This week’s Question of the Week was inspired by a question submitted by reader Ron Sowers about dark cycling clothing. Like me, Ron is not a fan and wonders why the manufacturers even sell it. I also prefer clothing that makes me more visible to cars and other riders. But I thought it would be interesting to ask all of the other readers what they think about dark colored winter cycling clothing. Do you like it, or dislike it?
I wear a black jacket on sunny days when temperature is under 45F for the solar heating effect.
I’m not a ninja who’s able to sense and dodge all the traffic all the time. Since I lack that skill, I try to wear clothes that help other drivers see me. I’ll go for drab, even dark, colors for shorts or tights any time I’ve got something bright on up top. But especially in the winter, when I’m commuting half the time (or more!) in the dark, any dark shirt I wear is going to have a bright jacket or vest on top of it.
John Klever says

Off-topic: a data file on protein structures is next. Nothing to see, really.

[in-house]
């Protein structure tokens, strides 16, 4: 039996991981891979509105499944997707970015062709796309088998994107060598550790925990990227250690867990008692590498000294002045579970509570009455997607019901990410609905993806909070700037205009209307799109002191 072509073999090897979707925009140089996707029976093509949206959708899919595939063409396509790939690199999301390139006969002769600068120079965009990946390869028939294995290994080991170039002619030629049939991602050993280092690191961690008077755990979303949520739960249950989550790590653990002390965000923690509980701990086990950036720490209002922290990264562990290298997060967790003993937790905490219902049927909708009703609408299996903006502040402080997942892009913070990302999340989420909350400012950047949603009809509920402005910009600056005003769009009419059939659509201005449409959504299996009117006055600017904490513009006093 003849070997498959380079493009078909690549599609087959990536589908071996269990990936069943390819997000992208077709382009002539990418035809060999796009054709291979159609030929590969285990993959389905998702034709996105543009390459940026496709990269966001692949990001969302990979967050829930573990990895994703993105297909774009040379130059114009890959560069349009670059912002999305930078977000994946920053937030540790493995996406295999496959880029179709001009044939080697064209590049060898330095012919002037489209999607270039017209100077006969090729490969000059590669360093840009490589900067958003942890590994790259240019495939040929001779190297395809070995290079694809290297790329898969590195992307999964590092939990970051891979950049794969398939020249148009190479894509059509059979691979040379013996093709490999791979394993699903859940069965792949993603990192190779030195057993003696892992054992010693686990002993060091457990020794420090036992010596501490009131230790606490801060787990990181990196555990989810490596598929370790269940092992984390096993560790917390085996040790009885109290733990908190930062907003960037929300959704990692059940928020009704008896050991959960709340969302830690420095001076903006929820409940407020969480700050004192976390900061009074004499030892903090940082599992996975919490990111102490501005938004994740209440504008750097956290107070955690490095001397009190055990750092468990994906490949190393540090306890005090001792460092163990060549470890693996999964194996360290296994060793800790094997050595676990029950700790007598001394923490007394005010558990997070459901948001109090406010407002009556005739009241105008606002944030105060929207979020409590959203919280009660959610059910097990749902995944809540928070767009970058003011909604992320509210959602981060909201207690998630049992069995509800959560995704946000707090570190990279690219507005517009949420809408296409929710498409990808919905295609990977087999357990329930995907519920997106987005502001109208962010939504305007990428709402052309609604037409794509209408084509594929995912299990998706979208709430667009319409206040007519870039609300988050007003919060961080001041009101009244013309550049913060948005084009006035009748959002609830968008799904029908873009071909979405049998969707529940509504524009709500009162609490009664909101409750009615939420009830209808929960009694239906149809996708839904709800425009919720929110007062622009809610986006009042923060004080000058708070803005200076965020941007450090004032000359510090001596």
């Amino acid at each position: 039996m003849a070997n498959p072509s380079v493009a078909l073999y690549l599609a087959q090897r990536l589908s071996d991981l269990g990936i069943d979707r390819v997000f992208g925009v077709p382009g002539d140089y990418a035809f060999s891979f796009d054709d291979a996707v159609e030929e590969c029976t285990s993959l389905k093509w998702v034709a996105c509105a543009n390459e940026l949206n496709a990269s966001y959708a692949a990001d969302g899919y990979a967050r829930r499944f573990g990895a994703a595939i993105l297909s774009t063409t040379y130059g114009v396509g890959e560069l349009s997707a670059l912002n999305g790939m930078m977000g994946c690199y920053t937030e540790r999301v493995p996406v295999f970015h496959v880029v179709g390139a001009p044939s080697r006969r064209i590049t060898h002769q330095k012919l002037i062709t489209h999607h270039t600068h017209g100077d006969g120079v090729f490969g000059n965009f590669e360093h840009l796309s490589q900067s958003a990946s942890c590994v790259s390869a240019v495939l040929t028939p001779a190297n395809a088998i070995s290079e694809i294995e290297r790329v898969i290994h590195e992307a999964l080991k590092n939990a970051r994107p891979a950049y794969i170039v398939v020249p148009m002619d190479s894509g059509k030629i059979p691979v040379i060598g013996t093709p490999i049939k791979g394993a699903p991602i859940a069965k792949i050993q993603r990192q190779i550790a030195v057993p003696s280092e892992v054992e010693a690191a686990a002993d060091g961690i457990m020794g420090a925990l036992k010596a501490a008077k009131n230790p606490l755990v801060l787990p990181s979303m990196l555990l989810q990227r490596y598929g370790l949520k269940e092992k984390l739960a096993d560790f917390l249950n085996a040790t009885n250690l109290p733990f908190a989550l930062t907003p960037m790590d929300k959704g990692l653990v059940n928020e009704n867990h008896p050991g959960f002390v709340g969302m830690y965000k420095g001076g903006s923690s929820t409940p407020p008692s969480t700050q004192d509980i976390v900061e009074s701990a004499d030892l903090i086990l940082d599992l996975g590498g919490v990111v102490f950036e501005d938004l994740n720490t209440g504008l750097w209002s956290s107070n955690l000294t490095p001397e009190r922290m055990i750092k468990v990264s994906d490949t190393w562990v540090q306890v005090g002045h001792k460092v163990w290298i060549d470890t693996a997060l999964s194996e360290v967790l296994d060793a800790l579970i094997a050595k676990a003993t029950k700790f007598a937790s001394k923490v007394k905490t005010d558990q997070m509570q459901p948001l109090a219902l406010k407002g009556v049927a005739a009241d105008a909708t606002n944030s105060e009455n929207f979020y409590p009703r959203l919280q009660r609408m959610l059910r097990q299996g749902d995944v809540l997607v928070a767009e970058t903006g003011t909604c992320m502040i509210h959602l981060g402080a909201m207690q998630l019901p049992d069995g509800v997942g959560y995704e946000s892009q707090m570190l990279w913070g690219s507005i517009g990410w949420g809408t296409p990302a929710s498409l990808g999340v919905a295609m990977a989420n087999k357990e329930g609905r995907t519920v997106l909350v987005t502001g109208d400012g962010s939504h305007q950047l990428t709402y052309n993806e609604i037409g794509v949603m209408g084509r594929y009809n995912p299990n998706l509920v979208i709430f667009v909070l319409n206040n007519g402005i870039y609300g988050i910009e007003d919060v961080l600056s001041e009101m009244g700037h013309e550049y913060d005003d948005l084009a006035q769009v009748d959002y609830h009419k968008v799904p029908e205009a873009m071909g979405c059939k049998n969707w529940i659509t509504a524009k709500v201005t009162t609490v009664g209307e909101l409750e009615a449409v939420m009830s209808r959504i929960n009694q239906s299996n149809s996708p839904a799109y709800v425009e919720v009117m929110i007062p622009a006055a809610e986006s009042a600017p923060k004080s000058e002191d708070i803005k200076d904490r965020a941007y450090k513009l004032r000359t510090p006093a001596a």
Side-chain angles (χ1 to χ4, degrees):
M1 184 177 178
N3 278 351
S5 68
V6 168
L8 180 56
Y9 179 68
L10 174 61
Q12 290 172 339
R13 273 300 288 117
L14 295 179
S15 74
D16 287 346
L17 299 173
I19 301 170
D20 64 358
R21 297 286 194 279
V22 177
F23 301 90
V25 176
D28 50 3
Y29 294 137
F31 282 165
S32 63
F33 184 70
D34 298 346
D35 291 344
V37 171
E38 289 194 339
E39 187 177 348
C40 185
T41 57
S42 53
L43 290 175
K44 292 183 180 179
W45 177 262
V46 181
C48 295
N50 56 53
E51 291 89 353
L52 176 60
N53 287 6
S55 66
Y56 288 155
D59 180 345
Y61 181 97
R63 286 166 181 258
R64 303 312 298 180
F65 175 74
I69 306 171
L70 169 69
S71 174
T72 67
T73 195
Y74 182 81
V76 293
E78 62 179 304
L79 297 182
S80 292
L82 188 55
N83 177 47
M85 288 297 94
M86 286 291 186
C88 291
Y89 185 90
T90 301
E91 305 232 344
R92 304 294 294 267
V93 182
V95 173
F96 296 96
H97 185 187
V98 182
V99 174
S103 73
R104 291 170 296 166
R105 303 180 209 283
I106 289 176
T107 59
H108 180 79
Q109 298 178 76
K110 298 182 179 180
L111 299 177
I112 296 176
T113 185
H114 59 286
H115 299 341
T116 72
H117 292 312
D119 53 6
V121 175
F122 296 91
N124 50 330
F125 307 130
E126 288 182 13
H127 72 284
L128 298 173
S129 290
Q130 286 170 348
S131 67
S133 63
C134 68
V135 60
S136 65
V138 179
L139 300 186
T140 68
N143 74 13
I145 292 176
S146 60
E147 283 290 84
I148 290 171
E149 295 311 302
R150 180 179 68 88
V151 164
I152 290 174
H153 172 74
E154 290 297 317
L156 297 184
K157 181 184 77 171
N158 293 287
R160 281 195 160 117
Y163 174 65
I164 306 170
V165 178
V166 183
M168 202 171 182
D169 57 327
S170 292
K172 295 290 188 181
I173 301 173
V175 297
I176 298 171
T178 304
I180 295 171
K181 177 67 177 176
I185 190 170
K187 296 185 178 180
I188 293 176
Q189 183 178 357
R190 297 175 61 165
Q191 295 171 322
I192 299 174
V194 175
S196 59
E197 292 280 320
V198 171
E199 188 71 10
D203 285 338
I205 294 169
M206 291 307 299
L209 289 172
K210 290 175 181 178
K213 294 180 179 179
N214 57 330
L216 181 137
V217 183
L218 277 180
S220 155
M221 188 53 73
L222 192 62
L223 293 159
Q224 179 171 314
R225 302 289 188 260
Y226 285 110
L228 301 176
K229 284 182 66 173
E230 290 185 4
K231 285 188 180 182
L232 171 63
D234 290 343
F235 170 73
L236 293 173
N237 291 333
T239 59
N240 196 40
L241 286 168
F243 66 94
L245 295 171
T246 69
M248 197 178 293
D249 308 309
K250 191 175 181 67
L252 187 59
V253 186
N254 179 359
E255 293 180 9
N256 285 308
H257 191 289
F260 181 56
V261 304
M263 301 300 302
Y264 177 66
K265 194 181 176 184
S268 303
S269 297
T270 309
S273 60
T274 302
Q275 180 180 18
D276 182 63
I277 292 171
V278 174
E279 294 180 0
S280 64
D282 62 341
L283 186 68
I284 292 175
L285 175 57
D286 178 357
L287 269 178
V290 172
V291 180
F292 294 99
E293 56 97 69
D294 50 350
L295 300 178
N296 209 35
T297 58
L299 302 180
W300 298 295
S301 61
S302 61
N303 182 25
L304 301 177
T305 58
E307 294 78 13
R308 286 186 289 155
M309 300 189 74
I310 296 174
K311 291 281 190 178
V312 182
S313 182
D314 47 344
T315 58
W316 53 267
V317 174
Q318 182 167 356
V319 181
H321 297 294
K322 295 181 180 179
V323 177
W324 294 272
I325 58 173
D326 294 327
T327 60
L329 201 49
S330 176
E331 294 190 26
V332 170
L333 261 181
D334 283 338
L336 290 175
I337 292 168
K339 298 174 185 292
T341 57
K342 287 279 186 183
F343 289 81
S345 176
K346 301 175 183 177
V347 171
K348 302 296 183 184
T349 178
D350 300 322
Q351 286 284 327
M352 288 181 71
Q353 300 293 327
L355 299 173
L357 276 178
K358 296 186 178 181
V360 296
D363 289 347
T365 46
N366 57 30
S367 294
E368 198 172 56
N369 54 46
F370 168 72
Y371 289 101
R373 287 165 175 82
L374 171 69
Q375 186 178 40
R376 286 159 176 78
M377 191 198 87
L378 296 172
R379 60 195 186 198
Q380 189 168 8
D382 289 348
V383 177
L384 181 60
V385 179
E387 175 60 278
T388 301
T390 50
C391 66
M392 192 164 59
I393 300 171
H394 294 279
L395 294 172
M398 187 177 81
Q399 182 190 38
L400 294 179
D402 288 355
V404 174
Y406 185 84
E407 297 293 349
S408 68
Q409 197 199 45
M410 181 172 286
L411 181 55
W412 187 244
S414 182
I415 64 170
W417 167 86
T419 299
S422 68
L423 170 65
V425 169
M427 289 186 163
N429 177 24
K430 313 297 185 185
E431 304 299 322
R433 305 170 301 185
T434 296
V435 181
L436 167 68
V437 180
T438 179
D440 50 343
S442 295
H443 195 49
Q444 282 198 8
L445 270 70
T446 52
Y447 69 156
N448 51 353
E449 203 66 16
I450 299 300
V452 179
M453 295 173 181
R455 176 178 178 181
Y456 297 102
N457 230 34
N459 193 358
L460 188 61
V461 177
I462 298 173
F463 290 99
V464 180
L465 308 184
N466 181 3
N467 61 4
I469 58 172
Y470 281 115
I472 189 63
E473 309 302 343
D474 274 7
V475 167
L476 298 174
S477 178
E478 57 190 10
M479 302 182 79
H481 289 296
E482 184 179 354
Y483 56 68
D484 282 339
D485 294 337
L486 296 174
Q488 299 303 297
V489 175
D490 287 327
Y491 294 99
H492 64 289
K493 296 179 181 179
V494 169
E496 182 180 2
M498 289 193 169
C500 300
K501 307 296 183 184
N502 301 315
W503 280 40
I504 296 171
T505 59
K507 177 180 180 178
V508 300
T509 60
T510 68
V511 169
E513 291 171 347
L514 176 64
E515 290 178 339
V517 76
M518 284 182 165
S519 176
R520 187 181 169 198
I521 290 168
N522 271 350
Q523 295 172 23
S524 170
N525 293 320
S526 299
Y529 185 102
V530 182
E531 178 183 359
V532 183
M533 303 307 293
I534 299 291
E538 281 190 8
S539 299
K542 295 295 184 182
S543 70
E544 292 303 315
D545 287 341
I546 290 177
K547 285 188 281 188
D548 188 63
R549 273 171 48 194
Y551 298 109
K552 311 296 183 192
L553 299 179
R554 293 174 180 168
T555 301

The Klingons of Star Trek fame pioneered invisibility technology, and they probably started with black. I like bright colors and flashing lights.
Mr. Versatile says
Bright colors only. It’s always been a mystery to me why so many cycle clothing makers make black & other dark colors for their winter wear. No, I don’t use their stuff.
I don’t understand why any one would wear black when riding a bicycle on a public road.
Richard Henley says
Personally, I see color as a tool to achieve visibility. Most of the time light and bright colors, arranged and designed to result in good visibility, and catch (even demand) the motorist’s attention, are preferable. However there are times when light and bright colors do not work well. There are other occasions when dark colors, even black, provide better visibility and are preferable. Day, night, hot, cold, fog, rain, snow, even traffic and road conditions all can present circumstances that make certain colors more visible, usable, comfortable, and preferable. Furthermore, I’ve noticed that when I’m off the bike, as at a ride stop, people tend to have interesting social response patterns to certain clothing, eliciting an extra, open friendliness and willingness to converse. I’ve found that it’s not wise to t rely on clothing colors exclusively for safety, and I typically ride with at least one blinking rear red light on at all times. I normally use three blinking rear-facing red lights and a white front light, even during the day. The combination of situation-appropriate clothing, combined with a generous use of lights, seems to be the most effective.
May all your rides be safe.